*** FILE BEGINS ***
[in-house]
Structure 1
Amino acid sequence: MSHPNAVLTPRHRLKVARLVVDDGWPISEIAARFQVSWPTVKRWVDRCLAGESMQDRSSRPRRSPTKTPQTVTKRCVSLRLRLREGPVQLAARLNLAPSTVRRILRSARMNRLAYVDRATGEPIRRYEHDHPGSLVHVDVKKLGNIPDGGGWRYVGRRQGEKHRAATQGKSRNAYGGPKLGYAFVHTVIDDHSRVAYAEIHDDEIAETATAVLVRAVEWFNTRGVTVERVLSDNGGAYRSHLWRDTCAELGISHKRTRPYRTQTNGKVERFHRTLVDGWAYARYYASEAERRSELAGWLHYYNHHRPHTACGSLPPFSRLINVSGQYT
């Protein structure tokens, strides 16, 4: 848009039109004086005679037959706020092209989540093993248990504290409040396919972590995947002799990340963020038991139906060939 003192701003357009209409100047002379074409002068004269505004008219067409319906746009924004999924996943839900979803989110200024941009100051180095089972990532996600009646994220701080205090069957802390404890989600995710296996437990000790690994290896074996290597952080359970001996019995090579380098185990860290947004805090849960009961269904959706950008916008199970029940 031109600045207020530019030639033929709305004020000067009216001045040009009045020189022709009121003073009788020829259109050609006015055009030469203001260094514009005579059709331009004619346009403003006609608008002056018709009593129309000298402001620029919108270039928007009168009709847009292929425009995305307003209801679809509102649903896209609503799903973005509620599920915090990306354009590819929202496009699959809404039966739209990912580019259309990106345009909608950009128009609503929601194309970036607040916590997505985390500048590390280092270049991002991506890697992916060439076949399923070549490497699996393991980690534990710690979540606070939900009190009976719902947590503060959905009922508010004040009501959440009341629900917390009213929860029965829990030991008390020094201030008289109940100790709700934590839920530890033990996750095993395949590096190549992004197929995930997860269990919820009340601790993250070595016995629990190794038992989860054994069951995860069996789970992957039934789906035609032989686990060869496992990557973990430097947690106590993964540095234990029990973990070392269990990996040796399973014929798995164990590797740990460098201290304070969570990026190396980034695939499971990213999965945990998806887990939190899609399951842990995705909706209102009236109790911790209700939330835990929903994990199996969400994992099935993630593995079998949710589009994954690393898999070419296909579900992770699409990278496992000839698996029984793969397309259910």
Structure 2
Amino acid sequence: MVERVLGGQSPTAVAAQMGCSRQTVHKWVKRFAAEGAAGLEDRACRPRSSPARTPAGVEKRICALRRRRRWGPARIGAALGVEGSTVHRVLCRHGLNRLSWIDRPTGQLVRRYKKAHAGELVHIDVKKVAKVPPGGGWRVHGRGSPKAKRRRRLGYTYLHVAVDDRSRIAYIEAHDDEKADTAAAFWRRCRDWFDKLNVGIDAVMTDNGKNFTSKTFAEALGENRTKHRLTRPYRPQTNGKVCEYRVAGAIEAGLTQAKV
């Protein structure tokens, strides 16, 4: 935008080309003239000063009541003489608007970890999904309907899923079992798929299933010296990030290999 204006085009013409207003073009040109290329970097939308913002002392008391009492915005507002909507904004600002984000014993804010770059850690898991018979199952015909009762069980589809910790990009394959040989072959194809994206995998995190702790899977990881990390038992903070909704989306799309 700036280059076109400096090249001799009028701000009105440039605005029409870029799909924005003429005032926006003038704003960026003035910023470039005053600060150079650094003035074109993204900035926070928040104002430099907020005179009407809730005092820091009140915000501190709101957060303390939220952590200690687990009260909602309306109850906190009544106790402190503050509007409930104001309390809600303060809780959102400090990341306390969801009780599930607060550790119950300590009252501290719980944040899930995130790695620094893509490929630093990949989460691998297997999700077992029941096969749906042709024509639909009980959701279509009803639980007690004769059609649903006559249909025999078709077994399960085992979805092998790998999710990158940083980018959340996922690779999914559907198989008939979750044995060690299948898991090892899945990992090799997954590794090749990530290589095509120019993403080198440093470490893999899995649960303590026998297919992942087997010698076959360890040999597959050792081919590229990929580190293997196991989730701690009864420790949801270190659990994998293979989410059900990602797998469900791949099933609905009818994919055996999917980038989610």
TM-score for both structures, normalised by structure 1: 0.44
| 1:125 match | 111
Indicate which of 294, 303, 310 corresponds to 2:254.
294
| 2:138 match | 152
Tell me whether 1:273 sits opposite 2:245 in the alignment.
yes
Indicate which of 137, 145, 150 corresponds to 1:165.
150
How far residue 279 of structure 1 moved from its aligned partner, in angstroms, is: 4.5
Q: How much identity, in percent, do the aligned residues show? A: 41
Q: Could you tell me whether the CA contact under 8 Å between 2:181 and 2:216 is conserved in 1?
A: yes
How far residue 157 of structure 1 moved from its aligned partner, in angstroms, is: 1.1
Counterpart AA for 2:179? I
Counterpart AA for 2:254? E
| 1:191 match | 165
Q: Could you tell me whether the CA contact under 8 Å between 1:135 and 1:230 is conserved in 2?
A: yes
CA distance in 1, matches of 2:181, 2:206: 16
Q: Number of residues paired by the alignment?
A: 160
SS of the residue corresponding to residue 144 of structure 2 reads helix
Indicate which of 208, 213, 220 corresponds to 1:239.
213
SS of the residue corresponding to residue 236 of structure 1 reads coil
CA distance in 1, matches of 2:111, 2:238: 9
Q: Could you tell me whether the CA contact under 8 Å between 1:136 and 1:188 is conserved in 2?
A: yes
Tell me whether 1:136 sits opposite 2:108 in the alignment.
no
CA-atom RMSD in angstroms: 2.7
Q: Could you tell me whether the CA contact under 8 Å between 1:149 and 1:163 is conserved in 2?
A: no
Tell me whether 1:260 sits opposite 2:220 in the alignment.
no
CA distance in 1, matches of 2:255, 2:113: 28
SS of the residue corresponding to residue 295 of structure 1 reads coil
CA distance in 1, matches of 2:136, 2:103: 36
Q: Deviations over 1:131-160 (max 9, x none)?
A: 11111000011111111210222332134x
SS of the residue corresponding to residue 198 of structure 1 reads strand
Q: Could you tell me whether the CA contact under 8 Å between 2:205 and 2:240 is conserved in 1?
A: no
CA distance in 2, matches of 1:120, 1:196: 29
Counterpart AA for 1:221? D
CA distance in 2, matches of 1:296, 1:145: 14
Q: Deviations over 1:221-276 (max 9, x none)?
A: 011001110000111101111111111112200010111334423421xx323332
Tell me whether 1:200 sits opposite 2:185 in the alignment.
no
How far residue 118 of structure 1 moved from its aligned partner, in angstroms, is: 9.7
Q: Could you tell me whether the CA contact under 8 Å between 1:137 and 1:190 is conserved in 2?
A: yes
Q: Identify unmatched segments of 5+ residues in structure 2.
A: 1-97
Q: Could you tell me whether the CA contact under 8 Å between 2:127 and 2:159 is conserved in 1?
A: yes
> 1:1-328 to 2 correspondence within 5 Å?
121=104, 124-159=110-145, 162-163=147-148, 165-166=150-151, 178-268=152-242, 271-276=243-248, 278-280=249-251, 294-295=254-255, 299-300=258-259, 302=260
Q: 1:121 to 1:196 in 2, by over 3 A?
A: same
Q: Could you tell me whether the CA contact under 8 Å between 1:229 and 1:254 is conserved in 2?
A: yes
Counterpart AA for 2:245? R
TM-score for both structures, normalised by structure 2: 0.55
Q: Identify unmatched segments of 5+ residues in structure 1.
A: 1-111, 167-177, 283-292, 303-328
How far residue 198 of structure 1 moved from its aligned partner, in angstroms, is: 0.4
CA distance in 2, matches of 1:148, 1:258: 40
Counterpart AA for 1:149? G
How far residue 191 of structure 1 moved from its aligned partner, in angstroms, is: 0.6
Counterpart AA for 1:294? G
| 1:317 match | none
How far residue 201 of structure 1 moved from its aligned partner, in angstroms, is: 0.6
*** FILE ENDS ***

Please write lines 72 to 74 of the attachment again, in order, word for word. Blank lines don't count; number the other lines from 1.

Counterpart AA for 2:245? R
TM-score for both structures, normalised by structure 2: 0.55
Q: Identify unmatched segments of 5+ residues in structure 1.